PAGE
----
Vishwajeet yajna: This yajna was performed with the objective of unifying the entire human race into one single world community. The most significant and unique message conveyed by this yajna is that love, not war, is instrumental in achieving such a unity.

Ashvamedha yajna: Only an undisputed sovereign was qualified to conduct an ashvamedha yajna. It required a time span of two years. Before the yajna, the royal horse, signifying the power and sovereignty of the king, was sent to different kingdoms. Those who accepted the sovereignty allowed the horse to pass through. If the horse was captured, it was seen as a challenge for the king to prove his skills. If the horse came back unopposed, it was a clear sign of the sovereignty of the monarch. This enabled him to establish his empire on a firm basis.


The first Sacrifice ( Yajna )

The first yajna ( Sacrifice ) done by the GODS

The initial sacrifice was that of the divine being PURUSHA sacrificing himself to become the universe. The ancient vedic hymn Purusha Sukta tells of the transformation of the eternal, infinite being into the finite cognizable material world, initiating the eternal cycle of creation. So the spirit of sacrifice came to be recognized as the source of creation, the heart of all creative forces.

This yajna was called sarvahut, the offering of all. The Purusha was the object of worship. Brahma, the creative aspect of the Purusha, performed it. The priests were the devas, the Purusha's senses. Brahma was the beast of the sacrifice. The altar was all of nature. The fire was the Purusha's heart. The Purusha himself was sacrificed to bring forth all of creation. This is a message of love, that the Purusha would consume himself in the fire of sacrifice, to create all the worlds. From his mind emerged the moon, the sun from his eyes, Indra and Agni from his mouth, and the cosmic breath, Vayu emerged from his breath (prana). Atmosphere emerged from his navel, the sphere of light (divyaloka) from his head, the earth from his feet, the directions from his ears. The devas created all the spheres (lokas) from his cosmic body. Thus the gods worshipped the god of gods through sacrifice. The original sacrifice, the original yajna, became the law of life.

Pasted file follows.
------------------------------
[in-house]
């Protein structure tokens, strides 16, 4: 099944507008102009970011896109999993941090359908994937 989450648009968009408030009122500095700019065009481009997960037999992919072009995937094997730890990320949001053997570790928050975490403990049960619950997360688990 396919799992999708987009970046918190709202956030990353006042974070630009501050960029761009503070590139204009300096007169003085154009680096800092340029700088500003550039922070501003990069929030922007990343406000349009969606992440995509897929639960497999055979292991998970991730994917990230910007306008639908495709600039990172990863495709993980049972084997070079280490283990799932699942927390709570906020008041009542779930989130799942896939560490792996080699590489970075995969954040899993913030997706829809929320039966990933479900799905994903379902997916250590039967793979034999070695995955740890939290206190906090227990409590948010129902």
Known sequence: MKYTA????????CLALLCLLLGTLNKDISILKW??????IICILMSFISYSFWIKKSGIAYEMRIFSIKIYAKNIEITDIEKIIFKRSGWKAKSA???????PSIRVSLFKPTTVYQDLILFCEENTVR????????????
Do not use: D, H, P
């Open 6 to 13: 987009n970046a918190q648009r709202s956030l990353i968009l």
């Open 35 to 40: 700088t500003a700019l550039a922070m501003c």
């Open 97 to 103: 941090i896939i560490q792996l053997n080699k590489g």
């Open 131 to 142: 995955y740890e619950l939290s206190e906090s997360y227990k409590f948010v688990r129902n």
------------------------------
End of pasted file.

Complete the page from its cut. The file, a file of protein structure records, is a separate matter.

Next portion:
The person who does the Yagya is Purusha. His offerings are also Purusha, the fire into which he offers his offerings is also purusha and to whom does him offer ? To purusha himself. SHIVOHAM

We say that God is pleased if humanity is served. Social workers proclaim " Service to man is service to GOD". service to society is service to God. Similarly, serving the divinities who are amongst God's creations by Yajna earns God's grace. 

When Brahma Prajapathi created the world, he also created the Yajnas for performance of men. " Continue to perform the yajnas. Live well as a result of the benefits that would follow. Regard this Yajna as Kaamadhenu" says the Bhagavad Gita. 

Prajapati did yagyas for the upliftment and well being of his creation.

In Yagna, the chant of a mantra pertaining to a particular deva calls forth that Deva. Those who are spiritually evolved can see them in person. Even if not visible to the naked eye, their presence will be subtly felt. Even so, directly offering oblation to them is not proper. Only oblations made in Agni, along with the chant of the prescribed mantras, will make them assume the form in which they become acceptable to the Devas.